my $first_time = 1; for my $sig (qw/INT TERM CHLD USR1 HUP/) { $SIG{$sig} = sub { local ($!,$^E,$@); if ($first_time) { $first_time = 0; kill (POSIX::SIGUSR2, keys %{$self->{children}}); print STDERR "EXIT on SIG$sig\n"; exit(1); } }; } do_parent_work();

My perl version is 5.10 on linux, I understand that it's hard to test particular signal handling code on all perl versions, but I am looking for a scheme, that is reliable by design and unlikely produce bug.

Or maybe you can find bug in my above code?

p.s. I've read about sigaction() but still don't see how it can help and why

Replies are listed 'Best First'.
Re: Complex and reliable signal handling.
by shmem (Chancellor) on May 31, 2013 at 18:40 UTC
    perldiag gives a hint:
    panic: fold_constants JMPENV_PUSH returned %d
    (P) While attempting folding constants an exception other than an "eval" failure was caught.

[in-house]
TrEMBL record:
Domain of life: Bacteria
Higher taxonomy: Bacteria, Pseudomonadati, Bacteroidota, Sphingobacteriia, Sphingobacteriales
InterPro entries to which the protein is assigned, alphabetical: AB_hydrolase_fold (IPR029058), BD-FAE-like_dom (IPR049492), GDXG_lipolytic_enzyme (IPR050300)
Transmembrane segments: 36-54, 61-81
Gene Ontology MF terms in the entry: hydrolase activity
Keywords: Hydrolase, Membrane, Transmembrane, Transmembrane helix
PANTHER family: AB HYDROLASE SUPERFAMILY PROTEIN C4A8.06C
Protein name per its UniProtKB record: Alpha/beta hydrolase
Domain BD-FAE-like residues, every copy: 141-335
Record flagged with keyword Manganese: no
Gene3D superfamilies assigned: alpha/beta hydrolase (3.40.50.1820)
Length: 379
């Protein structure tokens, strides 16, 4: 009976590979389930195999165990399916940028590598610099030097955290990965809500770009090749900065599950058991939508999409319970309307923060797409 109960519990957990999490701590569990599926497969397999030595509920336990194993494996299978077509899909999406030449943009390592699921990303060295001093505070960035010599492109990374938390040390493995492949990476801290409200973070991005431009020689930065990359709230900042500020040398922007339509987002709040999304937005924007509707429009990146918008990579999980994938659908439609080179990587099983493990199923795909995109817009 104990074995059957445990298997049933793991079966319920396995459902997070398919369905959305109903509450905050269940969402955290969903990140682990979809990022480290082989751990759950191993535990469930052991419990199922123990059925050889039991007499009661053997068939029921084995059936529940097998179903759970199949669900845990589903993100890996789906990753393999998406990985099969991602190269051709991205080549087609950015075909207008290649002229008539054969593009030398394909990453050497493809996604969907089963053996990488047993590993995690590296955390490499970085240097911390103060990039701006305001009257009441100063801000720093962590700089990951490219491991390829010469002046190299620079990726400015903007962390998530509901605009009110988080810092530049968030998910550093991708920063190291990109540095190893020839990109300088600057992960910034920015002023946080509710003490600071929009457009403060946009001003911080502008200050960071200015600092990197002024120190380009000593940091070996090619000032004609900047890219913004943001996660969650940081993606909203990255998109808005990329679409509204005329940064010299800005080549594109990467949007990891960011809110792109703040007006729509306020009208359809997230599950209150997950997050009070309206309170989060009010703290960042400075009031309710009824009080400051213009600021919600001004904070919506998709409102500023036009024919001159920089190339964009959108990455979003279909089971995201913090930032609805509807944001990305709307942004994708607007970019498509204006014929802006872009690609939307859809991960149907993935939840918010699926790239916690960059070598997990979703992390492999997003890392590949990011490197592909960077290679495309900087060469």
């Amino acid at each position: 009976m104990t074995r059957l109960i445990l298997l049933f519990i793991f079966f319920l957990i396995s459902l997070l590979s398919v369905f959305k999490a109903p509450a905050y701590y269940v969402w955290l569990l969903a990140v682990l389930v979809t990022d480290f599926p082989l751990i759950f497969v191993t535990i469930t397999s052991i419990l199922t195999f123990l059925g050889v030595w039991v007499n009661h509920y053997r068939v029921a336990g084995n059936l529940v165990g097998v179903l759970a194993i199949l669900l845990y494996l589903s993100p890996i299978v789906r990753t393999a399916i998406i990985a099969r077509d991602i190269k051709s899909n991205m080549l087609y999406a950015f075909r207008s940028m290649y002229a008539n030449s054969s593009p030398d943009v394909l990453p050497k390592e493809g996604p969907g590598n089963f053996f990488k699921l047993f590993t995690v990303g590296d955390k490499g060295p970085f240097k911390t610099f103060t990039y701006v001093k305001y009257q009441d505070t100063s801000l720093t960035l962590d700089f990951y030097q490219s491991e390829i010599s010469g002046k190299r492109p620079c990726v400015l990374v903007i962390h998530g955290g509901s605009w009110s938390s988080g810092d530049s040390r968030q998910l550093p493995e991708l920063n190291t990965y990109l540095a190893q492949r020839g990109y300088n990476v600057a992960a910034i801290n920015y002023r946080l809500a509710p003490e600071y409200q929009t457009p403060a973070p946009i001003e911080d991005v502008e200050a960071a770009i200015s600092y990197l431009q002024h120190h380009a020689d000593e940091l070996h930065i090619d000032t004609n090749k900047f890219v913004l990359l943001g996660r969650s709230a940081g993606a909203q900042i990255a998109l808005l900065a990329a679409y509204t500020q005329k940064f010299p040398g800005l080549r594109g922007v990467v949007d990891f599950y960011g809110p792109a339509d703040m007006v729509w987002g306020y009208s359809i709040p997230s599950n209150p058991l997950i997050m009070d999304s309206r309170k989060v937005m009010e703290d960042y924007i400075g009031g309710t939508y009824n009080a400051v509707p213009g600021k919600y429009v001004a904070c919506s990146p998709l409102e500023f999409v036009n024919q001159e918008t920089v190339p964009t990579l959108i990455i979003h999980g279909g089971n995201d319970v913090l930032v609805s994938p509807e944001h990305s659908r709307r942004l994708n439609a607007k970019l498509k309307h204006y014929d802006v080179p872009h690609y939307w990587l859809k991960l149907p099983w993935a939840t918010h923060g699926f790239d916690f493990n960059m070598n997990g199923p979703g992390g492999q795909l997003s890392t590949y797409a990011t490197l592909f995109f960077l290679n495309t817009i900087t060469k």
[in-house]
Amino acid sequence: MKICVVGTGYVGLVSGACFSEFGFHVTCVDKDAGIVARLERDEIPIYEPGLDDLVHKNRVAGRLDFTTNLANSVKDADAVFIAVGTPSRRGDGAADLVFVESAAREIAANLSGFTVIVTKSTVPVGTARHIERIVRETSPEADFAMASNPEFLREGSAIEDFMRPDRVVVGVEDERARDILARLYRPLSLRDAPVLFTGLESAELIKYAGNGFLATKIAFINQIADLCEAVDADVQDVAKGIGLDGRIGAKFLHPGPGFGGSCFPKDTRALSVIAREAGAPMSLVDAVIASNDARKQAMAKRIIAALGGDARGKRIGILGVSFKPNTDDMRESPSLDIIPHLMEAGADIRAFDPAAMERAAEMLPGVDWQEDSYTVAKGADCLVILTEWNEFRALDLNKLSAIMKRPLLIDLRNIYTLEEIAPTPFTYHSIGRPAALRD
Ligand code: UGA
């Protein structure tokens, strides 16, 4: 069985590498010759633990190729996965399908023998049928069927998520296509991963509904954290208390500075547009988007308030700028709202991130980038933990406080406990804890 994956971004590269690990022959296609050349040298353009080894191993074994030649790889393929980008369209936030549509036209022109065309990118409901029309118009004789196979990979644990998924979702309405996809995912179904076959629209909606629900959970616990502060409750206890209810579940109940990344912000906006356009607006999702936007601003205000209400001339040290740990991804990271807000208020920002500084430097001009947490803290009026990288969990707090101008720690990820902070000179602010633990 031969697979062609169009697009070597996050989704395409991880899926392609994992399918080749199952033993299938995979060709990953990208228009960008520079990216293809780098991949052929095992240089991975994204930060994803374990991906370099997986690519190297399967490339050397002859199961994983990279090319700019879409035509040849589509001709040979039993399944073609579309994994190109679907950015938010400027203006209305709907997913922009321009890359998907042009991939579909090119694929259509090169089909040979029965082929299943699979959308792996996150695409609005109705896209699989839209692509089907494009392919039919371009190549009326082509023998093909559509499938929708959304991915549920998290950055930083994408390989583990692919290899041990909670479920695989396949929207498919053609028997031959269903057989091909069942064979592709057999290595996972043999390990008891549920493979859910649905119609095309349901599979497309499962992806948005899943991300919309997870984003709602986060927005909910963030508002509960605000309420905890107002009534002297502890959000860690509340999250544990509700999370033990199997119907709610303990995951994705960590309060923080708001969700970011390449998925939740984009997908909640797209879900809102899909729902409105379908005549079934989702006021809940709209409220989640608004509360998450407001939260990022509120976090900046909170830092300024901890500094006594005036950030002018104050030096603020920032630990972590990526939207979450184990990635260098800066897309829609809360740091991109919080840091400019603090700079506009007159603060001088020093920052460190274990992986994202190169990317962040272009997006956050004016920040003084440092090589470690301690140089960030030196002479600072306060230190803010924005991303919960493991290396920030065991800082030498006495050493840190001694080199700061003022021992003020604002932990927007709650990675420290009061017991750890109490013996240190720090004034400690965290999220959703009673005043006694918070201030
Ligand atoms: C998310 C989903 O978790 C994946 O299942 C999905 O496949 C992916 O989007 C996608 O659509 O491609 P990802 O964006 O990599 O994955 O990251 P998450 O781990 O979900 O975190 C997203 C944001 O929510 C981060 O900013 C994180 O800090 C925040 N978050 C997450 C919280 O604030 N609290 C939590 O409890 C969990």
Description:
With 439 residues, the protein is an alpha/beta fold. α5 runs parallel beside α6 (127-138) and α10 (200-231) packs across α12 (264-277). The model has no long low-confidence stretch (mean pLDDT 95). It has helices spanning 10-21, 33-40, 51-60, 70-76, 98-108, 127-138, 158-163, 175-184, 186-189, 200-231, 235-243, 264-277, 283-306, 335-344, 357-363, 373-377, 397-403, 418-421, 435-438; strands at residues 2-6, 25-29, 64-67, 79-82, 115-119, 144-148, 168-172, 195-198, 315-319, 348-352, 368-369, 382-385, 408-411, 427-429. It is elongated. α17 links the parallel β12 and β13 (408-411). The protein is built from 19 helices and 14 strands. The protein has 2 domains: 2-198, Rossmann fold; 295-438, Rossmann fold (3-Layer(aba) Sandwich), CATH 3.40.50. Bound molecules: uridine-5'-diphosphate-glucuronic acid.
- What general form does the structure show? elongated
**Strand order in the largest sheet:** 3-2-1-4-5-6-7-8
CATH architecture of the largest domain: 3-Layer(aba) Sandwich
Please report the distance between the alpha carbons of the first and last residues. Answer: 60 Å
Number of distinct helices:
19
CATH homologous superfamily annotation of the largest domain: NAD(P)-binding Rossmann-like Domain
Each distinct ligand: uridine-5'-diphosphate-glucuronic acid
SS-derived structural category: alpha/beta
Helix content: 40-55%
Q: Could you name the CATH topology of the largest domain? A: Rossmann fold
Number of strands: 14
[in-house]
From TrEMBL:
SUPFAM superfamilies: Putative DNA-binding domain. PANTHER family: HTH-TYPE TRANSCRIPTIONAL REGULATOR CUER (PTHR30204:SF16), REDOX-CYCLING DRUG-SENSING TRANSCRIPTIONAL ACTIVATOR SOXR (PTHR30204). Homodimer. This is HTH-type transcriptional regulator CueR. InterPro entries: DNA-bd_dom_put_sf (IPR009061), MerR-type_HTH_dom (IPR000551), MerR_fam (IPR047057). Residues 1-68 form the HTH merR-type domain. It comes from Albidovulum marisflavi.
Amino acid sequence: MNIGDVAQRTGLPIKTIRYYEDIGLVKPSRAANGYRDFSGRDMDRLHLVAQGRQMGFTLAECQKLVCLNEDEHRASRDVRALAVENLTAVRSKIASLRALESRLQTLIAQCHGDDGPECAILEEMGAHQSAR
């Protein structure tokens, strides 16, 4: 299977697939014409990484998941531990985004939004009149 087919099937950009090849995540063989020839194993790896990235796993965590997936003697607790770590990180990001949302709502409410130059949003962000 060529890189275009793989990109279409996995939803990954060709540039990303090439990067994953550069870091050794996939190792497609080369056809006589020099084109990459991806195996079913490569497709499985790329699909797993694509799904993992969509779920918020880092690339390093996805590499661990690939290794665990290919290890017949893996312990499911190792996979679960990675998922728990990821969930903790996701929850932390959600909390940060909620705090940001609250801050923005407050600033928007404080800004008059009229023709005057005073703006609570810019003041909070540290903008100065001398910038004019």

I guess that your entire program is a bit more complex than the bits you posted.
    Perhaps a $SIG{__DIE__} handler would reveal more:

    use Carp(); $SIG{__DIE__} = \&Carp::confess;
      I guess that your entire program is a bit more complex than the bits you posted.
      yes, treat it as pseudocode. I can't create proof-of-concept code.
      Perhaps a $SIG{__DIE__} handler would reveal more:
      Yes, yo're right. fold_constants mostly happens, when child terminated with exception. However. All 'die's are inside eval (you can see eval in pseudocode). After eval caught, program executes dump_error() and exits (this way I see all errors) Also I did not see the panic, until I installed signal handlers into "children" code above.
      I tried $SIG{__DIE__} = \&Carp::confess; It prints nothing. Perhaps because it prints errors only outside eval?

      I don't have own DIE handlers (but LWP, which I use, do, however it should localize it).

      Also, I remember now, most (but not all) lines code lines mentioned in panic message contained eval (or 'require' which calls eval, or even eval{require}).
Re: Complex and reliable signal handling.
by Anonymous Monk on May 31, 2013 at 20:23 UTC